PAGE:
OSU university-wide involvement aids in discovery of the Vegas Strip Steak
Efforts of Oklahoma State University’s Robert M. Kerr Food & Agricultural Products Center, department of animal science, Technology Development Center and The Ranchers Club restaurant assisted in the discovery of the “newest” cut on the beef carcass.
By Kylee Willard
FAPC Communications Graduate Assistant
(Stillwater, Okla. – May 1, 2012) Efforts of Oklahoma State University’s Robert M. Kerr Food & Agricultural Products Center, department of animal science, Technology Development Center and The Ranchers Club restaurant assisted in the discovery of the “newest” cut on the beef carcass.
“Given the history of the beef industry, the discovery of a new beef steak that has never before been fabricated and marketed could appear to be an impossibility,” said Jacob Nelson, FAPC value-added meat processing specialist. “The Vegas Strip Steak is the latest and perhaps last steak to be found on the beef carcass.”
With more than 30 years of beef carcass research and development, Tony Mata of Mata & Associates approached Nelson and the FAPC with the possibility of a new steak.
“Initially, the cut was labeled as undervalued,” Mata said. “This muscle produces a steak that is on par with or better than today’s most popular steaks.”
The FAPC extended a hand to Mata in the areas of technical assistance, facility availability and industry application.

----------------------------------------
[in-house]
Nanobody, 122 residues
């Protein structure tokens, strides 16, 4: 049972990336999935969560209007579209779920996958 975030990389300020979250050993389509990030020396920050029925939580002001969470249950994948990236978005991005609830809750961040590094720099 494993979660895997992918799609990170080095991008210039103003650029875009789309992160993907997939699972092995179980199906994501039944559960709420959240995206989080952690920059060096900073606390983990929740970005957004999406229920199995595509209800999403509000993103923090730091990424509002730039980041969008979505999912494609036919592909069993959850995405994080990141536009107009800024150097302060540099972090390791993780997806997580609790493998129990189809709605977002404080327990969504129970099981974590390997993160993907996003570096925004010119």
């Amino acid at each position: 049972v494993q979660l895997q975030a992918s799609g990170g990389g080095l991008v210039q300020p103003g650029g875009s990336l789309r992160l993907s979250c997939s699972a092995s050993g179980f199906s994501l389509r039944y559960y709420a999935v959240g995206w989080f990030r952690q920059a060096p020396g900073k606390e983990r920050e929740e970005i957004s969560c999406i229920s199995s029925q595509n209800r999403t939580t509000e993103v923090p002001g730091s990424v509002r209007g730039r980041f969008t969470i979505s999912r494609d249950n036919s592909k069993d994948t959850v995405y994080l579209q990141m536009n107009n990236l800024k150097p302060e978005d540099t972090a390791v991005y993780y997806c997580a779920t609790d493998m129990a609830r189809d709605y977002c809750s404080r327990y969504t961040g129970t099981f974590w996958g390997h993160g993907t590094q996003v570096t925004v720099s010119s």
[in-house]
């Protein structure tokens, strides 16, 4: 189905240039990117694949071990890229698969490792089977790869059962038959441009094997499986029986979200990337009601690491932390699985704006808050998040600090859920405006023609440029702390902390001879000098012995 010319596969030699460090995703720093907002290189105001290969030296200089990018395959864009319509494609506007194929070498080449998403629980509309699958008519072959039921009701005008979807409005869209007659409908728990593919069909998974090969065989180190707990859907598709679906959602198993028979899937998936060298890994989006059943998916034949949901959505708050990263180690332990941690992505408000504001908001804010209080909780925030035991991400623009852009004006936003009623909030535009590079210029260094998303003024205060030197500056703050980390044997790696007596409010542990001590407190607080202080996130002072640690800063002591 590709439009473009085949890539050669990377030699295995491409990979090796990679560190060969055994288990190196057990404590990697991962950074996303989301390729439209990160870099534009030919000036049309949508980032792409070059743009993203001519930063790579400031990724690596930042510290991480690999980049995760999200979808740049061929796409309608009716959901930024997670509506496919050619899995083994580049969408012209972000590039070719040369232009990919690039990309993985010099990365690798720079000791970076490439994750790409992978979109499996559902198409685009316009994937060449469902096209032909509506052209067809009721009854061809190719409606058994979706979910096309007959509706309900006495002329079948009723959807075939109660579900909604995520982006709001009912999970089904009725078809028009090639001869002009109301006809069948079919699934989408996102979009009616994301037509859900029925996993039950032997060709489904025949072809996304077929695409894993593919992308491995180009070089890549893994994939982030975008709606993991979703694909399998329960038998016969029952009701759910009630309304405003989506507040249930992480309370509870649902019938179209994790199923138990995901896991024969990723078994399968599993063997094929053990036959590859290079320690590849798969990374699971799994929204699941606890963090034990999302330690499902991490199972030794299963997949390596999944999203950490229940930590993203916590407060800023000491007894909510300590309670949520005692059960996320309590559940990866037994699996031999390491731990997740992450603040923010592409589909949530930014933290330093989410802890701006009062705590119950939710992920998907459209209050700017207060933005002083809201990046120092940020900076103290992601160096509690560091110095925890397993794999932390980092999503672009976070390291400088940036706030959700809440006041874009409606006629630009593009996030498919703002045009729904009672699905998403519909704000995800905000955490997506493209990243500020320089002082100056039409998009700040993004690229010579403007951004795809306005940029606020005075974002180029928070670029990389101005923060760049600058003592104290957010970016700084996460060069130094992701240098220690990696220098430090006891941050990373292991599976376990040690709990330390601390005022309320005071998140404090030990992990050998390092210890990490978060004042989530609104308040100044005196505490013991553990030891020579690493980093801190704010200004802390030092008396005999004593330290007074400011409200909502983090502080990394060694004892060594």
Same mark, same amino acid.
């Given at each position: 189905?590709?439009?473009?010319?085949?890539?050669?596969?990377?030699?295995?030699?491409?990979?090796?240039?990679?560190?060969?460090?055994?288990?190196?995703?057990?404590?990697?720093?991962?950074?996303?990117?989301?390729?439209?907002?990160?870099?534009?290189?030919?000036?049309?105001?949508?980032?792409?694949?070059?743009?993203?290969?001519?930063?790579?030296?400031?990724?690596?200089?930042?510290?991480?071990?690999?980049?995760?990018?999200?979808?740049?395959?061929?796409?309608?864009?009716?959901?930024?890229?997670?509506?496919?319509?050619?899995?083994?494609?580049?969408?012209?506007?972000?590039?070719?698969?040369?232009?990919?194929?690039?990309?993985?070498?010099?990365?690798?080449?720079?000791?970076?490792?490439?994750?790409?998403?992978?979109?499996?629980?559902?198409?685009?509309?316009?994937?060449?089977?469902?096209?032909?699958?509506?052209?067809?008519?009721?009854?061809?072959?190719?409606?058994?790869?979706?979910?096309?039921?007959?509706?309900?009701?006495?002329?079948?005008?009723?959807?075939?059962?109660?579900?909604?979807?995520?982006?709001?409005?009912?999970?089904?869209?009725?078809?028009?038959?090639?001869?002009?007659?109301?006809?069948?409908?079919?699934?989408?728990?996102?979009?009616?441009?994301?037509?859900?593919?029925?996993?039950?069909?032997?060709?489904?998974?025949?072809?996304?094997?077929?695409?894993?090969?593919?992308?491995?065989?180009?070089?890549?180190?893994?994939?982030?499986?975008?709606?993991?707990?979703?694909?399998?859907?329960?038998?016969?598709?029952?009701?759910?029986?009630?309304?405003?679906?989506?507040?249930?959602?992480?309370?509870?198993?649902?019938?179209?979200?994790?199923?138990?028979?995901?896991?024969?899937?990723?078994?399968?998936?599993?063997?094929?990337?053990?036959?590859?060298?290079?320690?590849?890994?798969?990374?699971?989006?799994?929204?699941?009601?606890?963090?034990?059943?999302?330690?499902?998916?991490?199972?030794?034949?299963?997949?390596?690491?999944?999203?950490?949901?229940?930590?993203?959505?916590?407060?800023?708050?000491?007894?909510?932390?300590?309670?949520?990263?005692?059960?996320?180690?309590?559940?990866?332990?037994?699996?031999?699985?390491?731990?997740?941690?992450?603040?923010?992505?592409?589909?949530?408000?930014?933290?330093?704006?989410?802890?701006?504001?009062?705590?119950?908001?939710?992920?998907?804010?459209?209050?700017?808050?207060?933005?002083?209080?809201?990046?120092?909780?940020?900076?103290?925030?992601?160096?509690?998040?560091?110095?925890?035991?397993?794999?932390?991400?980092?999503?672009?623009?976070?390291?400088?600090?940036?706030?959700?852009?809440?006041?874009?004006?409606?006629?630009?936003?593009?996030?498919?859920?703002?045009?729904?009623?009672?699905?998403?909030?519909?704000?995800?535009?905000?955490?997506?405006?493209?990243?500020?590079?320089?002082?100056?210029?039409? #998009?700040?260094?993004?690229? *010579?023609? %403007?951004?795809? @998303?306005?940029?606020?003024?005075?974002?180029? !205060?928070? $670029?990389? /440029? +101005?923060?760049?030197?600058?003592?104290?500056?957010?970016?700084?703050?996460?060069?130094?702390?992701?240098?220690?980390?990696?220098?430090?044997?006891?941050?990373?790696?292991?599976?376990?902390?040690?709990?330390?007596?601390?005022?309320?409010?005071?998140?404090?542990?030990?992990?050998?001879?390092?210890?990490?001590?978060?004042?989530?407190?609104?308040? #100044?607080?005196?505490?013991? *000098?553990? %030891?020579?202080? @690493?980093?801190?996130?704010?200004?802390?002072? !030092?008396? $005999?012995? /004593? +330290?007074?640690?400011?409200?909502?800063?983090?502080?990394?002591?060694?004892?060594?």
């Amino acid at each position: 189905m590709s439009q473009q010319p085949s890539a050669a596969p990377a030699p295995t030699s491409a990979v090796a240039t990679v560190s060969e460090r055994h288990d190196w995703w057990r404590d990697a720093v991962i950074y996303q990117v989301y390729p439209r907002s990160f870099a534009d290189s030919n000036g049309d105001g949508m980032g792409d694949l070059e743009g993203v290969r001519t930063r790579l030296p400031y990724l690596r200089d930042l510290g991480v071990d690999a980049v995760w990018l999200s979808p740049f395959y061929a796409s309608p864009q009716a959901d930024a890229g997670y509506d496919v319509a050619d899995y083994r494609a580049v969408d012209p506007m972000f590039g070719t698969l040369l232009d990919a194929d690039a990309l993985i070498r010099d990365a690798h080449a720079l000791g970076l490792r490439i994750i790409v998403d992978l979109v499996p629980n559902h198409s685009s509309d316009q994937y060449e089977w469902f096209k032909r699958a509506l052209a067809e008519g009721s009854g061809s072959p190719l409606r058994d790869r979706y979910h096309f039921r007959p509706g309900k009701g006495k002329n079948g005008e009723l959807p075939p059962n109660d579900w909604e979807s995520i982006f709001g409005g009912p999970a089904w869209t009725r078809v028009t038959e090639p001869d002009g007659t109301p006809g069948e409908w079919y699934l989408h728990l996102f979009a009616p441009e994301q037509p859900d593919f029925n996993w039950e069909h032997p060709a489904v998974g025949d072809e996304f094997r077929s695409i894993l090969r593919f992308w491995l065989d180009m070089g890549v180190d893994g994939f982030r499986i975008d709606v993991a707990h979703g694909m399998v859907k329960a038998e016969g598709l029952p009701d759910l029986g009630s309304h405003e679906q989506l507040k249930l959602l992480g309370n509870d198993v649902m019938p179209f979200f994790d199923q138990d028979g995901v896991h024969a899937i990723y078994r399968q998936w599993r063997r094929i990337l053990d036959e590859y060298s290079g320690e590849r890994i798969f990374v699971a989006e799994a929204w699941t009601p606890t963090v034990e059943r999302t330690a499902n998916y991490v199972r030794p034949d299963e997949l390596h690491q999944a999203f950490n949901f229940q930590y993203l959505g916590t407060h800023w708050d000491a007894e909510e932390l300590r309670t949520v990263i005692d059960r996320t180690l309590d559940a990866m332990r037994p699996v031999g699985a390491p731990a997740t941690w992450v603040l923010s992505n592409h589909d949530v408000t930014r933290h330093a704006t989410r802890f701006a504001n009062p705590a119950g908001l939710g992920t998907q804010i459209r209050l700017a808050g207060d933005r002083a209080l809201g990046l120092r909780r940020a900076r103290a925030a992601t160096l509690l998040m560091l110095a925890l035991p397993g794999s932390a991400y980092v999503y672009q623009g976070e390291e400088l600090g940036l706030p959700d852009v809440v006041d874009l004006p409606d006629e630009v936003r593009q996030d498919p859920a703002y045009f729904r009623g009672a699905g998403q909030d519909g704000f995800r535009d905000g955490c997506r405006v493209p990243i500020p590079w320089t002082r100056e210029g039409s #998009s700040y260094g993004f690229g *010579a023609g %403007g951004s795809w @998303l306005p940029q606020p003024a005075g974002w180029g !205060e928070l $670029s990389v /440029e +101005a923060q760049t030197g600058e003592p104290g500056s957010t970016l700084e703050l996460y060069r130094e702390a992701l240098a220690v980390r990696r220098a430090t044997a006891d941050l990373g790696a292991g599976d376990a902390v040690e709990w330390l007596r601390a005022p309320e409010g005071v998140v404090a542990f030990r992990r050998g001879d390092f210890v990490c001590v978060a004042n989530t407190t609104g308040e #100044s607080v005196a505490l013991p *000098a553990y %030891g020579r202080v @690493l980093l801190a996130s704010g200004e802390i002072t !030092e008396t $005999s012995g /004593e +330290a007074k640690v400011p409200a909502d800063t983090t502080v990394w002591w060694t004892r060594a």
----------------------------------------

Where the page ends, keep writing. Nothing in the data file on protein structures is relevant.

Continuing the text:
“From coolers, freezers and cutting rooms to the on-site USDA inspectors, the staff and facility availability at the FAPC made this new steak find possible,” Nelson said. “It is the mission of the center to discover, develop and deliver technical and business support to spur growth of value-added food and agricultural products, and the FAPC did just that in this instance.”
Other university involvement trickled through OSU’s department of animal science, Technology Development Center and The Ranchers Club restaurant.
“The Vegas Strip Steak discovery required other OSU resources,” Nelson said. “The department of animal science provided some preliminary objective evaluation of beef steak tenderness attributes.”
Following the discovery of the muscle capable of producing a steak comparable to the New York Strip, the next step was to protect the beef carcass find. Steven Price, associate vice president for technology development of the Technology Development Center at OSU, assisted the team in protecting their find.
“Dr. Price and the Technology Development Center provided initial patent guidance and still assists with the varying aspects of intellectual property,” Nelson said.
Additionally, as part of OSU’s School of Hotel and Restaurant Administration and the College of Human Sciences, The Ranchers Club had a hand in preliminary preparation, plating and tasting of the new steak.
“The Ranchers Club prepared and hosted small tastings of the steak,” Nelson said. “Chef Pritchett and his culinary staff were very gracious in assisting in this process and did a tremendous job.”
As a result of the university-wide efforts, the Vegas Strip Steak took center stage for the first time at the Protein Innovation Summit in Chicago, Ill., on April 17, 2012.
More information about the Vegas Strip and the discovery efforts can be found at www.vegasstripsteak.com.
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